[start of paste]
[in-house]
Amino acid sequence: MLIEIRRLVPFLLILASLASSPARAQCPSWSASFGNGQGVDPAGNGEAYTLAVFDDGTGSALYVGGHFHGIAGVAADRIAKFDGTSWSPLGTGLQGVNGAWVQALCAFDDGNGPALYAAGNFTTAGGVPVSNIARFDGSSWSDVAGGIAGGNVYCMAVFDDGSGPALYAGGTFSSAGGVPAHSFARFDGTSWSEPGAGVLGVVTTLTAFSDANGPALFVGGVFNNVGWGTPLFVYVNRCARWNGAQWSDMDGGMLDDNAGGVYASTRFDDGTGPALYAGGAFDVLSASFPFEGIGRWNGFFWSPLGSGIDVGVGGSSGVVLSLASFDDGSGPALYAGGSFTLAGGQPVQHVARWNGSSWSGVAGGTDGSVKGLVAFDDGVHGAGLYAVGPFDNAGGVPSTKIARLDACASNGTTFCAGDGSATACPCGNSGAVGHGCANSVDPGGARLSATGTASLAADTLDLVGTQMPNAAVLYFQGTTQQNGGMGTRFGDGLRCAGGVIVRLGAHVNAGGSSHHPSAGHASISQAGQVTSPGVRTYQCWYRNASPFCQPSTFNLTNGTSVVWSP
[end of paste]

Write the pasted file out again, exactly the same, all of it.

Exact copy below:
[in-house]
Amino acid sequence: MLIEIRRLVPFLLILASLASSPARAQCPSWSASFGNGQGVDPAGNGEAYTLAVFDDGTGSALYVGGHFHGIAGVAADRIAKFDGTSWSPLGTGLQGVNGAWVQALCAFDDGNGPALYAAGNFTTAGGVPVSNIARFDGSSWSDVAGGIAGGNVYCMAVFDDGSGPALYAGGTFSSAGGVPAHSFARFDGTSWSEPGAGVLGVVTTLTAFSDANGPALFVGGVFNNVGWGTPLFVYVNRCARWNGAQWSDMDGGMLDDNAGGVYASTRFDDGTGPALYAGGAFDVLSASFPFEGIGRWNGFFWSPLGSGIDVGVGGSSGVVLSLASFDDGSGPALYAGGSFTLAGGQPVQHVARWNGSSWSGVAGGTDGSVKGLVAFDDGVHGAGLYAVGPFDNAGGVPSTKIARLDACASNGTTFCAGDGSATACPCGNSGAVGHGCANSVDPGGARLSATGTASLAADTLDLVGTQMPNAAVLYFQGTTQQNGGMGTRFGDGLRCAGGVIVRLGAHVNAGGSSHHPSAGHASISQAGQVTSPGVRTYQCWYRNASPFCQPSTFNLTNGTSVVWSP